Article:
Key Takeaways: Lean Impact for Scale Workshop

Alexandra Nemeth

Senior Manager, Content Marketing & Storytelling at MovingWorlds

The TRANSFORM Support Hub is a place that entrepreneurs can return to again and again for the resources, support, and connections they need to scale.

Our monthly thematic learning groups bring these elements together in a time-bound way, and in June, we focused on the topic of Business Operations. With support from their peers and the MovingWorlds team, our group of entrepreneurs worked through the TRANSFORM Support Hub Business Operations guide to learn how to choose the right goal setting framework for their businesses, align their teams on a process for strategic planning, and distribute ownership of key business processes and operations.

Each group learning journey culminates in an exclusive workshop from an expert in the field, and this month we had the pleasure of hosting Spring Impact Director, Amy Ragsdale. Her work is all about helping social enterprises and nonprofits test and learn their way to financial sustainability and equitable impact at scale, and in this session, she distilled lessons learned from working with some of the sectors best and brightest to help our community achieve just that.

Check out the practical and actionable tips she shared below!

Common Pathways to Scale

It’s important to remember that scale is different from growth. As Amy explained, “Growth involves adding resources at the same rate that impact is increasing. Scale, on the other hand, is the point at which a business can add resources incrementally, while increasing impact exponentially. And the only way to move from growth to scale is to break out of your own organization’s orbit.” 

There are any number of ways to do that, but in her work with over 300 impact businesses, she’s found that 9 common pathways come up again and again:

9 common scale pathways shared by Spring Impact Director, Amy Ragsdale.

Let’s take a closer look at definition, pros, and cons of each:

Open Sourcing

This approach involves creating a resource that others can use (typically, for free) to learn your intervention, solution, or approach and then implement it in their own geographical region.

  • Pro: Relatively cheap and fast way to expand your reach
  • Con: Little control over how it gets implemented because partners will use it autonomously 


Also referred to as “training the trainer,” this approach involves teaching others to implement your solution through courses or workshops, and is often paired with other pathways (like social franchising.) 

  • Pro: Ability to recruit and select your partners, possibility to generate income from training fees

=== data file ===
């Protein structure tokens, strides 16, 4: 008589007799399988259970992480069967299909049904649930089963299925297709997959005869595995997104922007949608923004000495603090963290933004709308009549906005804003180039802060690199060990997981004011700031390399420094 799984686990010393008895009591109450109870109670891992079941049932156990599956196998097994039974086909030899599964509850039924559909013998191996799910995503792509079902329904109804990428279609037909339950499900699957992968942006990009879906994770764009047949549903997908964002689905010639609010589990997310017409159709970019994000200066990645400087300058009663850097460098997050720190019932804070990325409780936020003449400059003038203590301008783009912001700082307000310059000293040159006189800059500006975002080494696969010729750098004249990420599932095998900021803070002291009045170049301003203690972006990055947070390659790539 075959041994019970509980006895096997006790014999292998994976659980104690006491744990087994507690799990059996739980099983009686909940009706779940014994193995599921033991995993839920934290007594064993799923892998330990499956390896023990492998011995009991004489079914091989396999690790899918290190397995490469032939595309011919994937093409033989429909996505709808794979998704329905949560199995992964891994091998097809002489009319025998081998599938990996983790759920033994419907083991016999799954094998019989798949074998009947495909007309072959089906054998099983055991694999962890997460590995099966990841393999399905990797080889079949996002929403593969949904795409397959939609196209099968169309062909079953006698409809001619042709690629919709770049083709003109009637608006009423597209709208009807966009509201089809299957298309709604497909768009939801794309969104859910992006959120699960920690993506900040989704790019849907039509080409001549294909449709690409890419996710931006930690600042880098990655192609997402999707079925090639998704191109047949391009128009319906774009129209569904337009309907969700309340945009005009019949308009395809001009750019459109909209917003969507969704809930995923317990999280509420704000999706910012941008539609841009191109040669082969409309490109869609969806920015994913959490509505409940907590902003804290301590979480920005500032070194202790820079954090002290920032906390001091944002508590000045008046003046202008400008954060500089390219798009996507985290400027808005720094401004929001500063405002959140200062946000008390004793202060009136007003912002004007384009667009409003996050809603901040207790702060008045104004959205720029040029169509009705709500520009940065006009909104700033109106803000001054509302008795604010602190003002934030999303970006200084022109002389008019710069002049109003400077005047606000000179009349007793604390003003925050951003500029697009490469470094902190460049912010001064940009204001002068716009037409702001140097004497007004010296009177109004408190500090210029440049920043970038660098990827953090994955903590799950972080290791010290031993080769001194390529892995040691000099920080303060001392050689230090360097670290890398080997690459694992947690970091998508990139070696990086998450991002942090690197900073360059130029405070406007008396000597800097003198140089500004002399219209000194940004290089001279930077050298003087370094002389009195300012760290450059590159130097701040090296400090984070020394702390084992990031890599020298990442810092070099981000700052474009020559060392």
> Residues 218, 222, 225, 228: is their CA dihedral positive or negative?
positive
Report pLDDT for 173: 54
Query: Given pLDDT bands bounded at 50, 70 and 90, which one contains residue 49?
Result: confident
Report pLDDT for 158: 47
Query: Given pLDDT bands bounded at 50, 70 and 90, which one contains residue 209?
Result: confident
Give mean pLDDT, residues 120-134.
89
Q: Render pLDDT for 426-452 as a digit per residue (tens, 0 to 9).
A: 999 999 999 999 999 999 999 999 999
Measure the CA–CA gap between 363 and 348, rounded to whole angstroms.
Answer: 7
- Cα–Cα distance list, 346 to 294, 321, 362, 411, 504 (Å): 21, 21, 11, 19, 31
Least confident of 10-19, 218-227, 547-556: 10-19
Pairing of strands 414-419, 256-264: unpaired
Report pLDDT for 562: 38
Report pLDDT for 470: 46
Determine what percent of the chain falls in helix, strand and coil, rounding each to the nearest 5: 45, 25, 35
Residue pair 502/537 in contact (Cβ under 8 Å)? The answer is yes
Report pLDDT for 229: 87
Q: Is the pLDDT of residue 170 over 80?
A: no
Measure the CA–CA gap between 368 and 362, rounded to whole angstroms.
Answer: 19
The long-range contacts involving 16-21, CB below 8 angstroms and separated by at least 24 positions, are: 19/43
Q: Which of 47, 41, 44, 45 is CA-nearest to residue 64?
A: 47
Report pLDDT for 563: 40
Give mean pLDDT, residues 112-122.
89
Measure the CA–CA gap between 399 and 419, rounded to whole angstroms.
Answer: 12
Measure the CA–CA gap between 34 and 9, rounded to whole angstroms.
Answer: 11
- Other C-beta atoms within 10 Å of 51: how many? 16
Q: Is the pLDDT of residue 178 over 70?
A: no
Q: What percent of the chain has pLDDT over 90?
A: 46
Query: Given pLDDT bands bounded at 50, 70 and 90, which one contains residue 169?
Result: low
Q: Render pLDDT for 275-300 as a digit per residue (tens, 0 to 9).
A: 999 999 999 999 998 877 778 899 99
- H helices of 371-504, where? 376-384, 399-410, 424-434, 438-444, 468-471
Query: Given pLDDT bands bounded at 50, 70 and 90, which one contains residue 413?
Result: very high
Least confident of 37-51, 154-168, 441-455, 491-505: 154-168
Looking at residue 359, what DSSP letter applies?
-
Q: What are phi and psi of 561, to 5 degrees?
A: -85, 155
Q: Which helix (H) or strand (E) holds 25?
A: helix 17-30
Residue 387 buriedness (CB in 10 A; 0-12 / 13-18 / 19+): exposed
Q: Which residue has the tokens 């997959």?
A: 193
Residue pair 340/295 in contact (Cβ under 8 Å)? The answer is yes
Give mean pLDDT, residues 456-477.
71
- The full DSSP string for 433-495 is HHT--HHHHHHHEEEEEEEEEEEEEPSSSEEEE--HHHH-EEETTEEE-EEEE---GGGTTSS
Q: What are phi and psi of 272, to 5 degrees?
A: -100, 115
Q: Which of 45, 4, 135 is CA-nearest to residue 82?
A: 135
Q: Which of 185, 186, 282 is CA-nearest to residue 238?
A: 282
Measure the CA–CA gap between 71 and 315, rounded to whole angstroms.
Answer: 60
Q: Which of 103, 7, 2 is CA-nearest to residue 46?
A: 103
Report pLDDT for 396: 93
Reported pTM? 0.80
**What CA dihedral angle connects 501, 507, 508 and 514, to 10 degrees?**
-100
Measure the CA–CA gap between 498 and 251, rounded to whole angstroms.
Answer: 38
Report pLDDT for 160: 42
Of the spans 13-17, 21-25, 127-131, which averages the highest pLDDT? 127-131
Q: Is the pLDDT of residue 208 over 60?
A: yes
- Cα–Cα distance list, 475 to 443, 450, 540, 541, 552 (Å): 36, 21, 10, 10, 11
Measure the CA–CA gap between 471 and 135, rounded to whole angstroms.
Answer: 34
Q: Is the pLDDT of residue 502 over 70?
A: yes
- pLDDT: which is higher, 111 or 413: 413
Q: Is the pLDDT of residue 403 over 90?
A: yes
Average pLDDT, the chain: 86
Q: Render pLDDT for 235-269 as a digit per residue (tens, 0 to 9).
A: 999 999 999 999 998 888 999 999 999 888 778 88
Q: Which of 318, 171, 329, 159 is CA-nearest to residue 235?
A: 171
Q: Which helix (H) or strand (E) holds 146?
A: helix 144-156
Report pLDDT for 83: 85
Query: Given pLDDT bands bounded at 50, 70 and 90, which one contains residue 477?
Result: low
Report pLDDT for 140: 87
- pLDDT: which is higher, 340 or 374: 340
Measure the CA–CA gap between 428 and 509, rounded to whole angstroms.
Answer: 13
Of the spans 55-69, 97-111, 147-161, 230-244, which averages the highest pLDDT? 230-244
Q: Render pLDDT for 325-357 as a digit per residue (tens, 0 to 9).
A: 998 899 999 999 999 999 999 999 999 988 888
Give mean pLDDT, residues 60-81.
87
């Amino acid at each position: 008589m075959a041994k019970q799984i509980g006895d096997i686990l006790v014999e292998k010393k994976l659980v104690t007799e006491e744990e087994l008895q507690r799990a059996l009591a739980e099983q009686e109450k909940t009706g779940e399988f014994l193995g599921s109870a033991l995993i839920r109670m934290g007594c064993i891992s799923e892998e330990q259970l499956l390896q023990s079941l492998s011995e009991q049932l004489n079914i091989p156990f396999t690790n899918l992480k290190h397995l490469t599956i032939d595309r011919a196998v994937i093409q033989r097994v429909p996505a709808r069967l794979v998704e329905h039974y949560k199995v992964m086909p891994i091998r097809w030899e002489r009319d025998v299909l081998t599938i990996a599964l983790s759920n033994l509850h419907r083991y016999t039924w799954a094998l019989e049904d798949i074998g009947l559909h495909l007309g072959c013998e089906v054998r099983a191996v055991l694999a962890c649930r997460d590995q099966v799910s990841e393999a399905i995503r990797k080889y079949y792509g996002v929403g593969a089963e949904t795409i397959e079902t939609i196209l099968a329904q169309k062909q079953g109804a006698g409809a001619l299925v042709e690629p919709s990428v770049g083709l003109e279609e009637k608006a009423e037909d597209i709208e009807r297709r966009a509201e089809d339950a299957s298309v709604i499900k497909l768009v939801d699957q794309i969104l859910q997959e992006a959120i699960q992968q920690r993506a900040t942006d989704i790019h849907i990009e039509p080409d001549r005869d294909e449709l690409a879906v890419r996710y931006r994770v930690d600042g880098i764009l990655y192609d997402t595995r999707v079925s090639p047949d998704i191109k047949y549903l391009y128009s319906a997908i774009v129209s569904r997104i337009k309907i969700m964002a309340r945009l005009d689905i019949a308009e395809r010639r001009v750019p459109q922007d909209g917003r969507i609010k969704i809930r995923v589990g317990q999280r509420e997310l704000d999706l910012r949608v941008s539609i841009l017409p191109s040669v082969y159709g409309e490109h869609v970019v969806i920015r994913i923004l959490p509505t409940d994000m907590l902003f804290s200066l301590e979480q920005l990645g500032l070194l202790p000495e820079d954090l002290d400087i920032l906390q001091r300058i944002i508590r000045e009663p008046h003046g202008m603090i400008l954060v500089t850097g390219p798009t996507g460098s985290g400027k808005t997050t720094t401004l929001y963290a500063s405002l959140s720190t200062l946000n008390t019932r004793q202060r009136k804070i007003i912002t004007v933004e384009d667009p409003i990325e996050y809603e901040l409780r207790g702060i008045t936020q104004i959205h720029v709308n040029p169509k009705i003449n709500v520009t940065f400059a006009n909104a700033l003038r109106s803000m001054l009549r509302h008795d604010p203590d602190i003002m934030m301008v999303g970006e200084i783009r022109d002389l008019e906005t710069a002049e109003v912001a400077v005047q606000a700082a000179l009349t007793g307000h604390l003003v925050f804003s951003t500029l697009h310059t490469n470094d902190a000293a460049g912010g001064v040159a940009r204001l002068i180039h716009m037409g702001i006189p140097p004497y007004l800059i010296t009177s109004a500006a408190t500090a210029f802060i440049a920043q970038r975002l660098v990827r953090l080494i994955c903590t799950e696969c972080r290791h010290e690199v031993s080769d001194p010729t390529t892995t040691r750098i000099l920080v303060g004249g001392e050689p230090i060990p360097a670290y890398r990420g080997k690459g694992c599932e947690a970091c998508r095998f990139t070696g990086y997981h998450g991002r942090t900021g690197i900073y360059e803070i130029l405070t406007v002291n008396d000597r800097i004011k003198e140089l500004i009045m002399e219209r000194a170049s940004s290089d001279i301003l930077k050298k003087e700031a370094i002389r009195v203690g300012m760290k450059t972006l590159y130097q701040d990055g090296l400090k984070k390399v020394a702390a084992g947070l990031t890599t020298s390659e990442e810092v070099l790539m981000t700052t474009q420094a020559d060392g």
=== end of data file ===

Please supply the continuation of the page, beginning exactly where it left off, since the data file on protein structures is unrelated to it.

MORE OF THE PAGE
• Con: Up-front investment required to develop clear learning objectives, milestones, and expectations for those partners


This approach involves creating a recognized mark of competence that other partners can earn by meeting certain standards.

  • Pro: Highly scalable without significant investment in a central body, provides recurring source of income
  • Con: Significant investment up-front to generate enough awareness about your credential that customers want to seek it

Social Franchising

This approach involves packing up a proven model of recruitment, onboarding, and ongoing partner support with standards in place that partners have to hit to maintain their franchisee status.

  • Pro: High degree of control over the quality of delivery, can scale rapidly
  • Con: Tricky to balance control, motivation, and autonomy in partner management, and requires investment in a central body 


This approach involves contracting others to deliver your intervention.

  • Pro: High degree of control over how the intervention is delivered
  • Con: Big financial dependency involved, and harder to scale up across partners because they need to have the prior experience to retain the quality of your brand

Government Delivery

This approach involves working with government agencies to deliver your solution as part of its plans/policies.

  • Pro: Leads to the longest term and most sustainable impact 
  • Con: Challenging to develop and retain deep partnerships with stakeholders in government

Public Policy

The focus on this approach is on enabling the policy and legal environment your solution needs to scale, and changing the way funding flows towards it.

  • Pros: When successful, brings vast scale on regional and even national levels
  • Cons: Lobbying decision-makers in government is costly, requires specialized team, and is a lengthy process

Creating/Changing Markets

This approach involves influencing consumers behavior to create demand for your intervention and encourage other suppliers to enter the market as well.